Someone Cares hosts conference on holistic approach to ending HIV

Health providers, researchers and activists will come together this week for training sessions and workshops focused on ending HIV in metro Atlanta, which is a leader in new HIV infections in the U.S.

The Someone Cares Health & Wellness Symposium takes place Thursday and Friday at the HIV/AIDS organization’s conference center in Marietta.

Ronnie Bass, CEO of Someone Cares, wants the event to piggyback on a federal plan to eliminate HIV/AIDS in the next 10 years. Cobb, DeKalb, Fulton and Gwinnett Counties are targeted as part of the plan.  

“We wanted to do something to inform the providers, the nurses, the doctors on some of the things around the campaign to end AIDS,” Bass said. “Substance abuse, mental health. It doesn’t matter whether you’re transgender or gay or straight, these are some of the issues that we’re trying to say, ‘Look at these things too and maybe we can help end HIV and AIDS.’”

Someone Cares’ holistic approach to fighting the epidemic has been in place since Bass founded the organization in 1996.

“How and why did you get to where you are? What’s going on? Those are some of the important things that we want to focus on,” he said. “We know we’re here to address HIV, but let’s look at the person holistically and see where they are at this point.”

Some 14 speakers are lined up for workshops and training sessions during the symposium. The schedule includes a session with Centers for Disease Control & Prevention officials about its new Transgender Toolkit. A Georgia State University doctoral candidate will present her findings on a national trans study. And Out Alliance, an LGBTQ non-profit in Rochester, N.Y, will present an LGBTQ Safe Zone training session for businesses, schools and churches.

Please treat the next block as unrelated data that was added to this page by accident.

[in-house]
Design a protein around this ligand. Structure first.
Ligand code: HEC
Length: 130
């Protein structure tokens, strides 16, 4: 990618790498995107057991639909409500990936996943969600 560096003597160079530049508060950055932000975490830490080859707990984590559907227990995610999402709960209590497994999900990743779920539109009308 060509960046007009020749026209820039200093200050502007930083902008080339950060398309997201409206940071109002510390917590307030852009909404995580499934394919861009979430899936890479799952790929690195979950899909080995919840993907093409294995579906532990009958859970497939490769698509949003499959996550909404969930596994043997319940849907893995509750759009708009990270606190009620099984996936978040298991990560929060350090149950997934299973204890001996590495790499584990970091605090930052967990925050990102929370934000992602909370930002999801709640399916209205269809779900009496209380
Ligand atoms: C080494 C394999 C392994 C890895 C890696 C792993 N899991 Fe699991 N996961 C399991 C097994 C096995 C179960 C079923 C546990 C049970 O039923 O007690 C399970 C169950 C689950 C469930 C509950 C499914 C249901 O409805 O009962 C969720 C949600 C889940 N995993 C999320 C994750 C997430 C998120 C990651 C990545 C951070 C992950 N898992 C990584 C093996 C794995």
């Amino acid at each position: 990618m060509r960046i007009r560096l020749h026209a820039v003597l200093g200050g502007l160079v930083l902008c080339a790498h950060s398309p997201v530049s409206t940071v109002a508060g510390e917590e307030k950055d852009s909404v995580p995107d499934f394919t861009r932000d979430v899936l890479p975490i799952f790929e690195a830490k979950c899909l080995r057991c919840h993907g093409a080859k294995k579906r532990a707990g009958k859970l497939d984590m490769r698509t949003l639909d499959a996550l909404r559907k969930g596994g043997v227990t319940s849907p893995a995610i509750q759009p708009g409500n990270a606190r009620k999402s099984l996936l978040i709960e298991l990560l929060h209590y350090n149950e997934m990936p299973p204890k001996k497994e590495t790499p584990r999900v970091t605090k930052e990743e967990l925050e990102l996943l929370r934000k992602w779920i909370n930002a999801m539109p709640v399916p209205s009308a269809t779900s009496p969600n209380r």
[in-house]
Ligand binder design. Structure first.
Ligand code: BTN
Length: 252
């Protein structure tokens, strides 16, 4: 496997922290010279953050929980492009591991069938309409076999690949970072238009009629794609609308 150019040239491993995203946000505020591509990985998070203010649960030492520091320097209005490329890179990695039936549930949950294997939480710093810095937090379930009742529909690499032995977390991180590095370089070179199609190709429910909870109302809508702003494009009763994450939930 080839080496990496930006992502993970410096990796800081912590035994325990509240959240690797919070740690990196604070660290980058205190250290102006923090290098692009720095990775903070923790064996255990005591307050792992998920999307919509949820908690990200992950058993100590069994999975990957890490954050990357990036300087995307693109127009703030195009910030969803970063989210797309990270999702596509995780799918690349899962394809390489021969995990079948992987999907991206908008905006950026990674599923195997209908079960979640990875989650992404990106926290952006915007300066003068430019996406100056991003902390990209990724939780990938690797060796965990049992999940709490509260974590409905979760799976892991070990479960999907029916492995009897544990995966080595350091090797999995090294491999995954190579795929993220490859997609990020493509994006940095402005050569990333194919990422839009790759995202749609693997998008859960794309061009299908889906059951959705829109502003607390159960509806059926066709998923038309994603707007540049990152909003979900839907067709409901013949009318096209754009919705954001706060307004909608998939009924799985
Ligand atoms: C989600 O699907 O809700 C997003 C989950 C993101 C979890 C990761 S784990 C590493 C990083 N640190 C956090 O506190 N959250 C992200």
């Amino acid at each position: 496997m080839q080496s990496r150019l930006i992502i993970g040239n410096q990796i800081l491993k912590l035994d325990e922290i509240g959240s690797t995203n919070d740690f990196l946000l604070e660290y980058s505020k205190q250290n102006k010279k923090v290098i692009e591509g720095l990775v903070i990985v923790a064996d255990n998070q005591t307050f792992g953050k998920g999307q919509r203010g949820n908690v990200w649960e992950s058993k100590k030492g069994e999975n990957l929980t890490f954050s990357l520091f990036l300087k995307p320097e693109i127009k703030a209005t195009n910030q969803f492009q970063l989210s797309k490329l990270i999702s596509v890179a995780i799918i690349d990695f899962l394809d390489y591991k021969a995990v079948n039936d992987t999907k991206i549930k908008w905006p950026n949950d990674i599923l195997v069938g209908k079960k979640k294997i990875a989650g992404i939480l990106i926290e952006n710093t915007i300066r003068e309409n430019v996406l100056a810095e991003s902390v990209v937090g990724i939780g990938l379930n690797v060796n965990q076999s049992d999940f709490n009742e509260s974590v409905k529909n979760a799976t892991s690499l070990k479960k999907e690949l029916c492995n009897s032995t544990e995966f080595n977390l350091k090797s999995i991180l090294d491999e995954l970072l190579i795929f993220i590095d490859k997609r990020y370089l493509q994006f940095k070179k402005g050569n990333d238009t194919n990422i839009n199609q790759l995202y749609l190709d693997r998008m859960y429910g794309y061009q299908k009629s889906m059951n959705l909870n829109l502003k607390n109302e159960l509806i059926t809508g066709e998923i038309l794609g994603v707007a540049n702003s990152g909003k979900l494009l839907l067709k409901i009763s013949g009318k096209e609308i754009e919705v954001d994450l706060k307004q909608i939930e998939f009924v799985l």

It’s important that Someone Cares and its symposium are based in Atlanta, according to Bass. Atlanta has the third-highest rate of new HIV infections of any city in the U.S., according to the Atlanta-based CDC.

“With Atlanta being one of the hotbeds of HIV in the south, we want to start at home,” he said. “We want to educate the individuals here at home on HIV, on transgender issues, on substance abuse, on mental health. Let’s meet them where they are and find out how we can address their concerns.”

The Someone Cares Health & Wellness Symposium takes place Thursday and Friday at the agency’s Marietta conference center at 1950 Spectrum Circle, Suite 200. An opening reception will take place Wednesday from 6 p.m. to 8 p.m.

Photo courtesy Ronnie Bass